I wanted to share some materials from a graduate seminar in geography I am taking this semester. The course is called “Situated Subjectivities and Science.” We are discussing a variety of issues including feminist epistemology, feminist theory, gender and the environment, science and technology studies, development, intersectional analysis, embodiment, representation, being an academic/activist, and our own situated subjectivities.
Another topic of the course has been proper outlets for academic research and how to make our research count–to matter to the people it impacts or draws from. How can we create scholarly output that is legible and relevant to the communities that produced it? How can research be used for the betterment of communities and not just the researcher’s CV? How can our research not be colonizing? What different outlets can be used to make the most impact? How does this related to expectations from the academy regarding publishing requirements? What kind of academics do we want to be and who do we want to be responsible to?
I obviously have some ideas about these questions as I write this blog in hopes to appeal to a wide audience and share my thoughts and projects widely. I think it is crucial for engaged scholars to write for a variety of audiences through a variety of media including small-town newspapers, blogs, listservs, organizational newsletters, academic journals, and academic conference presentations. Research that is colonizing, that takes and doesn’t give back, that is not accountable to the community that helped facilitate it is dangerous and all too common. I hope in my research and praxis to be fully accountable to the people and communities I work with and to be transparent in my methods of data collection and dissemination. In class we discussed using methods such as collaborative ethnography and Participatory Action Research (PAR) in order to build in participation, collaboration, and accountability to our projects.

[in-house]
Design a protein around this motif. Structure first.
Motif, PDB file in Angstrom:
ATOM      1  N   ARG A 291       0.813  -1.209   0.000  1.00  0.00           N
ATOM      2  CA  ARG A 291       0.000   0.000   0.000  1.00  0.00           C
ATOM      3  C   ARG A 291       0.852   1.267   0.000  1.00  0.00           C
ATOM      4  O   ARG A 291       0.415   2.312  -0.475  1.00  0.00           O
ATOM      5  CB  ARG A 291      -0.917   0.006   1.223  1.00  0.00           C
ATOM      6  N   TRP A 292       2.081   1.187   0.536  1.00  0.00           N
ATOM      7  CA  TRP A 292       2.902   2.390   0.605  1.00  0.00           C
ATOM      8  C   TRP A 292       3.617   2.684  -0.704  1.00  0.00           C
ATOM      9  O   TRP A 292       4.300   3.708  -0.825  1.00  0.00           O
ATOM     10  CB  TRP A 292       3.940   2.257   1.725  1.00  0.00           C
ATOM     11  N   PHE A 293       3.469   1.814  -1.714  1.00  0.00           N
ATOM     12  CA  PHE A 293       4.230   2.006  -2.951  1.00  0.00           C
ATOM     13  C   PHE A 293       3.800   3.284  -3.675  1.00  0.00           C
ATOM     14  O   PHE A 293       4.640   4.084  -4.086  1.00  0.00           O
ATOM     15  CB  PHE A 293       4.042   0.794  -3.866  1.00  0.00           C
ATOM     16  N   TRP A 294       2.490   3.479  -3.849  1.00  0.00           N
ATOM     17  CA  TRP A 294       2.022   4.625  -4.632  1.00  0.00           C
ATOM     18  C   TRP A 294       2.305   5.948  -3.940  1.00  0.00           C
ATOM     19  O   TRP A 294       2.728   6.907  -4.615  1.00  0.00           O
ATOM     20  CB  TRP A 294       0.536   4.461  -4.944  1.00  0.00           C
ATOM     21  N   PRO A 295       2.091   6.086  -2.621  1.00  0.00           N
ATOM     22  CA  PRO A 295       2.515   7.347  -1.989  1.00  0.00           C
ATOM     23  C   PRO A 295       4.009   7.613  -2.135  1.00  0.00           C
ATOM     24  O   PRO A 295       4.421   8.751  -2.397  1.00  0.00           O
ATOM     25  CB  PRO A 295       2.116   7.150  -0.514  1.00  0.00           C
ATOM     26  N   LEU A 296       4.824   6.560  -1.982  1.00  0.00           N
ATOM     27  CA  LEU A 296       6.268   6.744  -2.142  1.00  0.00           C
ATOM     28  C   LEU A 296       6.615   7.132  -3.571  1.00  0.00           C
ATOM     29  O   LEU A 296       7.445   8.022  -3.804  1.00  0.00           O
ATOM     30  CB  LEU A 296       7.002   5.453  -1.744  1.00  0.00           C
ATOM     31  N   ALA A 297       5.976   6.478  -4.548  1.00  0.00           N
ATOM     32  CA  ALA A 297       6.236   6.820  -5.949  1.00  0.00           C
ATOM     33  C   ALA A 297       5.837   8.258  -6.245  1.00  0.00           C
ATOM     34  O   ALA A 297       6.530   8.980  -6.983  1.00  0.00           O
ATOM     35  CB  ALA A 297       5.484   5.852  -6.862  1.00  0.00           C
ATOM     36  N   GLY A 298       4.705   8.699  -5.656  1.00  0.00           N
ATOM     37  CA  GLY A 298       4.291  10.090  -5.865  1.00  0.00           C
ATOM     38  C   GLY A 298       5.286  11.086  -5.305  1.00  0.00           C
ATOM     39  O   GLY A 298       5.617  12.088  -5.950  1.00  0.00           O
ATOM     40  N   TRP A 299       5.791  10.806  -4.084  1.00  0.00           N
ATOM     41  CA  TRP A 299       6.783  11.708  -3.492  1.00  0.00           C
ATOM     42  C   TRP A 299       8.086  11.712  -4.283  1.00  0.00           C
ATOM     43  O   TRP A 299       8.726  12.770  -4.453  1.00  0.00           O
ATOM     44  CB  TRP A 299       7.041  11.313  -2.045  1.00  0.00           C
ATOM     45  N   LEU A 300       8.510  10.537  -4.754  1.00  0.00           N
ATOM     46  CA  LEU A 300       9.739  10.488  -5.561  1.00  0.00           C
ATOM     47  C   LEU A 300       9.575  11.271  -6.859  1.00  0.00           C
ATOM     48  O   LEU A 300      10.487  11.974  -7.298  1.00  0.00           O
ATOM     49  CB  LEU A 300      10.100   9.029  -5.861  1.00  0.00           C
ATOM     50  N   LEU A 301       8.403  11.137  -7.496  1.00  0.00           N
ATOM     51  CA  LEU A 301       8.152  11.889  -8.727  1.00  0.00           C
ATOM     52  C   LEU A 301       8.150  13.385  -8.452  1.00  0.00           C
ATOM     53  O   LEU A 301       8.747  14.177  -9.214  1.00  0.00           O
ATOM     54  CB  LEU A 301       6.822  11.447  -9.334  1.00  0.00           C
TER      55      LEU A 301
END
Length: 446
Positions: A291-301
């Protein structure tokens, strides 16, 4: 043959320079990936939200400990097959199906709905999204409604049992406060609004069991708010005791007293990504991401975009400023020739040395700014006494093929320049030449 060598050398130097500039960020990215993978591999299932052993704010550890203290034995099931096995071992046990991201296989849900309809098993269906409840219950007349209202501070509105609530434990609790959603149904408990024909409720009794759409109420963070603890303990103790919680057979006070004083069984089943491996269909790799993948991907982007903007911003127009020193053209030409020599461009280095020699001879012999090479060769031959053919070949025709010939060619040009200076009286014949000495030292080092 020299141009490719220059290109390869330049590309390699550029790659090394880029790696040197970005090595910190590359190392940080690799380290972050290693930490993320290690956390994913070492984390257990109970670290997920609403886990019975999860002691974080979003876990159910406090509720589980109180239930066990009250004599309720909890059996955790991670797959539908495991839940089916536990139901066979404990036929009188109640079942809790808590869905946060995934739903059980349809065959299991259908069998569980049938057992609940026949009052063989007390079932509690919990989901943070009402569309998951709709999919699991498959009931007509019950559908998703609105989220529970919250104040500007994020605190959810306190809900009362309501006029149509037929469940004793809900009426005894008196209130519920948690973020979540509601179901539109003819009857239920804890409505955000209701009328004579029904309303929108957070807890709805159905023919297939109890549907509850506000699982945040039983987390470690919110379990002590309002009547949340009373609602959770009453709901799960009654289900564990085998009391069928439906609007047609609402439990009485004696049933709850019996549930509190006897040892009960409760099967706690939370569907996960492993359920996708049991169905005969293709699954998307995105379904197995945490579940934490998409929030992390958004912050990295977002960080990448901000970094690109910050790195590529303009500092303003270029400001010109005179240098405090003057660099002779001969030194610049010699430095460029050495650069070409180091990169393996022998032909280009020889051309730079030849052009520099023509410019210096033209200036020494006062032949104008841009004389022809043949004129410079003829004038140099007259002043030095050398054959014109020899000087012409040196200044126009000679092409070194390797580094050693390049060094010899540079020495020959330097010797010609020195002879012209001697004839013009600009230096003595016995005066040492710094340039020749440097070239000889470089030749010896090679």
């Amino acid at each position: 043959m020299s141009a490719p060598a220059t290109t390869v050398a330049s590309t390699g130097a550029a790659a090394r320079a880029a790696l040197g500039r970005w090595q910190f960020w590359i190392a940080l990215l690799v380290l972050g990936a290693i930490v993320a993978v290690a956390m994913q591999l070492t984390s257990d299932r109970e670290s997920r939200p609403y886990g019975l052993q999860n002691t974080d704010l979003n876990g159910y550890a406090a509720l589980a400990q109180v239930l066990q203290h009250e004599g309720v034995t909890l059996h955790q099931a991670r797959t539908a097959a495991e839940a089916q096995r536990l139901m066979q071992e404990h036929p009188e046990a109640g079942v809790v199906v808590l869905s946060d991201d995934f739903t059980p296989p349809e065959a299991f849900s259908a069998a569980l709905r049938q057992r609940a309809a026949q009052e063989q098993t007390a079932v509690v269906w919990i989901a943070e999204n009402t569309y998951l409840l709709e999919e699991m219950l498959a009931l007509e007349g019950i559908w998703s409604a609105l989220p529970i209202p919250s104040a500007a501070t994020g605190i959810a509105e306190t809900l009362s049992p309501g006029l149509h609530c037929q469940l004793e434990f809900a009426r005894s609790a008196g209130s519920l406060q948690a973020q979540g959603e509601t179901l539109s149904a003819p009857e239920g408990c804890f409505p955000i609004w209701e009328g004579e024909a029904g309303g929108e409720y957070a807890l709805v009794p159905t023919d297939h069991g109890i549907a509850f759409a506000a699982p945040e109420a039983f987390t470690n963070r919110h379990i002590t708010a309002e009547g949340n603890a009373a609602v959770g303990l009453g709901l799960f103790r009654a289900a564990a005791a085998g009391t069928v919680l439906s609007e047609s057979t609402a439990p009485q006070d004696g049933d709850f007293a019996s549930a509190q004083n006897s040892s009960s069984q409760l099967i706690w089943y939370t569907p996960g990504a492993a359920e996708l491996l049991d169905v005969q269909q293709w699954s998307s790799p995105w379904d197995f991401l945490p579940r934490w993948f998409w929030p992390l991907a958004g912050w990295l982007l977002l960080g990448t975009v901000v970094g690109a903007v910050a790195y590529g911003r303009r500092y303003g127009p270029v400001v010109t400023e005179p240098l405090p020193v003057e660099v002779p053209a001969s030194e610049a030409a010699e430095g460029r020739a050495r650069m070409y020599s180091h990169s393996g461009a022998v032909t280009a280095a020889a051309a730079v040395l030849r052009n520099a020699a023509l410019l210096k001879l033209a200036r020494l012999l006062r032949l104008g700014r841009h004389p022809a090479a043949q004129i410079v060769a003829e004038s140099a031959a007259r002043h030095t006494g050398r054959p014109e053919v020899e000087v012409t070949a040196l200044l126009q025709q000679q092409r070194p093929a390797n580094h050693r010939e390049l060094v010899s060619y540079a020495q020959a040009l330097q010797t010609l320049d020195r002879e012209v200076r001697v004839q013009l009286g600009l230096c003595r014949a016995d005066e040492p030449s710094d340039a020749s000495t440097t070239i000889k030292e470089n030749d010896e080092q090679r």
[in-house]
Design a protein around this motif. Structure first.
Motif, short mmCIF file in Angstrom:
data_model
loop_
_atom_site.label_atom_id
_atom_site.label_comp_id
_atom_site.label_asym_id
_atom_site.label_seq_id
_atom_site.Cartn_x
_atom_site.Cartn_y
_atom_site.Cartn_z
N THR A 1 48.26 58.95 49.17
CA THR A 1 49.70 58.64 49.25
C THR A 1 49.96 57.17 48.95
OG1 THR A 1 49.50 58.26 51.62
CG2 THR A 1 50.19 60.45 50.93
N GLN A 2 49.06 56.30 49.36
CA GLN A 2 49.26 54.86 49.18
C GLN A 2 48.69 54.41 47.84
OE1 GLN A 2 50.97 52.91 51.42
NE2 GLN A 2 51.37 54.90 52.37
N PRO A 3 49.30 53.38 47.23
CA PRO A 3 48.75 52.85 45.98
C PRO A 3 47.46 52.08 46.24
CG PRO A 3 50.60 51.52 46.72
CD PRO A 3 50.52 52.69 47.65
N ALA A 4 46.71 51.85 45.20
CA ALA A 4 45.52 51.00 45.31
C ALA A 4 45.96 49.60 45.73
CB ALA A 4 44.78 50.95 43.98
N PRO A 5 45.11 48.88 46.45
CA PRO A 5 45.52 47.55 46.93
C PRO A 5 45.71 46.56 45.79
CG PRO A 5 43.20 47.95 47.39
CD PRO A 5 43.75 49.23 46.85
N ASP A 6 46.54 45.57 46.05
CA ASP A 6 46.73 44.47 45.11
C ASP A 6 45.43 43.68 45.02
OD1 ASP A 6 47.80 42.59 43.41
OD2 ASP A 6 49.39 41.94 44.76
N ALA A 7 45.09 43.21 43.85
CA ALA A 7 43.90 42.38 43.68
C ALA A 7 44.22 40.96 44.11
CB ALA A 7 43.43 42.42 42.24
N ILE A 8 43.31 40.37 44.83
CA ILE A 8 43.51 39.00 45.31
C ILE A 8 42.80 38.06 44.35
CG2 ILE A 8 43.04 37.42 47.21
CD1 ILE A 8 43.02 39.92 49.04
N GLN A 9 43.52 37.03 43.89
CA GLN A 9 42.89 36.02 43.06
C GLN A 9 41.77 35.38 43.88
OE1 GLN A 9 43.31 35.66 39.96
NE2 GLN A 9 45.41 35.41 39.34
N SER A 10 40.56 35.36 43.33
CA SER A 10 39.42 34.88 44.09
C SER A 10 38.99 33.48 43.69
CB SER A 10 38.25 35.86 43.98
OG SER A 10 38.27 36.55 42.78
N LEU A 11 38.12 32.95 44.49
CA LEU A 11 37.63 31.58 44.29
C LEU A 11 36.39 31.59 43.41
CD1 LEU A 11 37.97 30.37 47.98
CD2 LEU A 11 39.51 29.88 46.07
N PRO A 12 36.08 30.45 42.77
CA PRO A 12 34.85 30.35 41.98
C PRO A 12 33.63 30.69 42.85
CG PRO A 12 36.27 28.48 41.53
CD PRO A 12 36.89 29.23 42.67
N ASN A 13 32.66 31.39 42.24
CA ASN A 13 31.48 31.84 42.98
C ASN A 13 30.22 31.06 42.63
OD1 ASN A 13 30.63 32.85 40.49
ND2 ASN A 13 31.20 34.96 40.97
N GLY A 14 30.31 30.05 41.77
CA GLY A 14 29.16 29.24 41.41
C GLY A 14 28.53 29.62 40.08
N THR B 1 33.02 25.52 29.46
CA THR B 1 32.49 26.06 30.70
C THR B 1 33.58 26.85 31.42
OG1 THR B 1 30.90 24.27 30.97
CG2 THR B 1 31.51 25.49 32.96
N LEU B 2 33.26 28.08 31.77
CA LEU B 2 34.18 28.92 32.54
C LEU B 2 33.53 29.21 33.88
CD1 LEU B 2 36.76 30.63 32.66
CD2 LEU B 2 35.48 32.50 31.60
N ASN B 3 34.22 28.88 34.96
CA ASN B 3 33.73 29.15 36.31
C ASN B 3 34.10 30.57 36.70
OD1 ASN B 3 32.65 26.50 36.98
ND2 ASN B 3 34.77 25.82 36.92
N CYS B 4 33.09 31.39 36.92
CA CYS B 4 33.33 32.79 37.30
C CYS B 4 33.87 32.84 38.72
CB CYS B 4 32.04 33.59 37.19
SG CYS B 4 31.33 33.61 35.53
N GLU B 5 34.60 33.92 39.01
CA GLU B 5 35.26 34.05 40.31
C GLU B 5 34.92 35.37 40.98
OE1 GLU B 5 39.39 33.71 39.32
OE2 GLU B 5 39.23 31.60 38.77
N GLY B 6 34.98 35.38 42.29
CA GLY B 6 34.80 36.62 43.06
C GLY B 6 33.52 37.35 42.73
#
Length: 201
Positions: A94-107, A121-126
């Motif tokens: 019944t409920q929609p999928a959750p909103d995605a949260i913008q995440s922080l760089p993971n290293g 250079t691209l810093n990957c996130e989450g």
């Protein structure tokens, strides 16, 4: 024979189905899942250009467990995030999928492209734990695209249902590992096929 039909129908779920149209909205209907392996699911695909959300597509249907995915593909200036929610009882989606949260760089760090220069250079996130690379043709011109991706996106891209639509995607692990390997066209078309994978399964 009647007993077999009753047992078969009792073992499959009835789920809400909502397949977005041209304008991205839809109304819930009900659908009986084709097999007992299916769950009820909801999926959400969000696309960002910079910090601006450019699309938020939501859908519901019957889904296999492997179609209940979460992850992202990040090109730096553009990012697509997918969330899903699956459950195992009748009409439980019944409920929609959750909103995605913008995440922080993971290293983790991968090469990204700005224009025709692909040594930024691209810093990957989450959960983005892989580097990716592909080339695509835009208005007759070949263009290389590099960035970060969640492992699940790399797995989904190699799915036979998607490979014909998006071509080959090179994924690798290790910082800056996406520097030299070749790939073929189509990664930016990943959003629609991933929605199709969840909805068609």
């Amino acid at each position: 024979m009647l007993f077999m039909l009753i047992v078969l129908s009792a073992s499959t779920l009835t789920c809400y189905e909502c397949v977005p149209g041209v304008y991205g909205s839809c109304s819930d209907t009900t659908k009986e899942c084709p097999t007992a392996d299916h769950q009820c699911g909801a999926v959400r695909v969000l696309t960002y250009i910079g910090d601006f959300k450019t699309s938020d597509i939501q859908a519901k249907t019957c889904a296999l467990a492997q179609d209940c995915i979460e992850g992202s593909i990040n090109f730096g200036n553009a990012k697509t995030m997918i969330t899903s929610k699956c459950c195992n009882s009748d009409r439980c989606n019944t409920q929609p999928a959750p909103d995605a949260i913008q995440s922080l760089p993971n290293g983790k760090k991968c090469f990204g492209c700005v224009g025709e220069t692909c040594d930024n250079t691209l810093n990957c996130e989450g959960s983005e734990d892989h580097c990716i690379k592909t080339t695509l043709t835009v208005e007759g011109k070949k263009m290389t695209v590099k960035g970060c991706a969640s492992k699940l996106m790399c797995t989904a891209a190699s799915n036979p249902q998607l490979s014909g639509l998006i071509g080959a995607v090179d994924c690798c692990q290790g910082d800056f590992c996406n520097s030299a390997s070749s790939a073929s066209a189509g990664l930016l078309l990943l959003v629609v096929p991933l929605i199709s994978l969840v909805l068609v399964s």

In class we also considered several blogs including Sara Ahmed’s piece examining citational practices and asks the question “Who appears?”. We also considered a series of blogs related to race and especially whiteness in conjunction with other readings for the class. Using an intersectional lens to examine overlapping axes of oppression and privilege brings insight into the recent media spotlight on issues such as police brutality, racist policing, and the #blacklivesmatter movement. These blogs are written accessibly, available to anyone with an internet connection, and concisely make important points about power, inequality, and identity.
Here are the materials we covered in class:
Ahmed S, 2013, “Making Feminist Points” feministkilljoys. http://feministkilljoys.com/ 2013/09/11/making-feminist- points/
Woods J, 2014, “Becoming a White Ally to Black People in the Aftermath of the Michael Brown Murder” What Matters 14 August http://janeewoods.com/2014/08/14/becoming-a-white-ally-to- black-people-in-the-aftermath- of-the-michael-brown-murder/
Nopper T, 2003, “The White Anti-Racist Is an Oxymoron: An Open Letter to ‘White Anti-Racists’” Race Traitor http://racetraitor.org/nopper. html
Morgensen SL, 2014, “White Settlers and Indigenous Solidarity: Confronting White Supremacy, Answering Decolonial Alliances” Decolonization: Indigeneity, Education & Society https://decolonization. wordpress.com/2014/05/26/ white-settlers-and-indigenous- solidarity-confronting-white- supremacy-answering- decolonial-alliances/
Goggans A, 2014, “Dear White People: Ferguson Protests are a Wake Not a Pep Rally” The Well Examined Life http://wellexaminedlife.com/ 2014/11/26/dear-white-people-ferguson-protests-are-a-wake- not-a-pep-rally/
Garza A, 2014, “A Herstory of the #BlackLivesMatter Movement” The Feminist Wire 7 October http://www.thefeministwire. com/2014/10/blacklivesmatter- 2/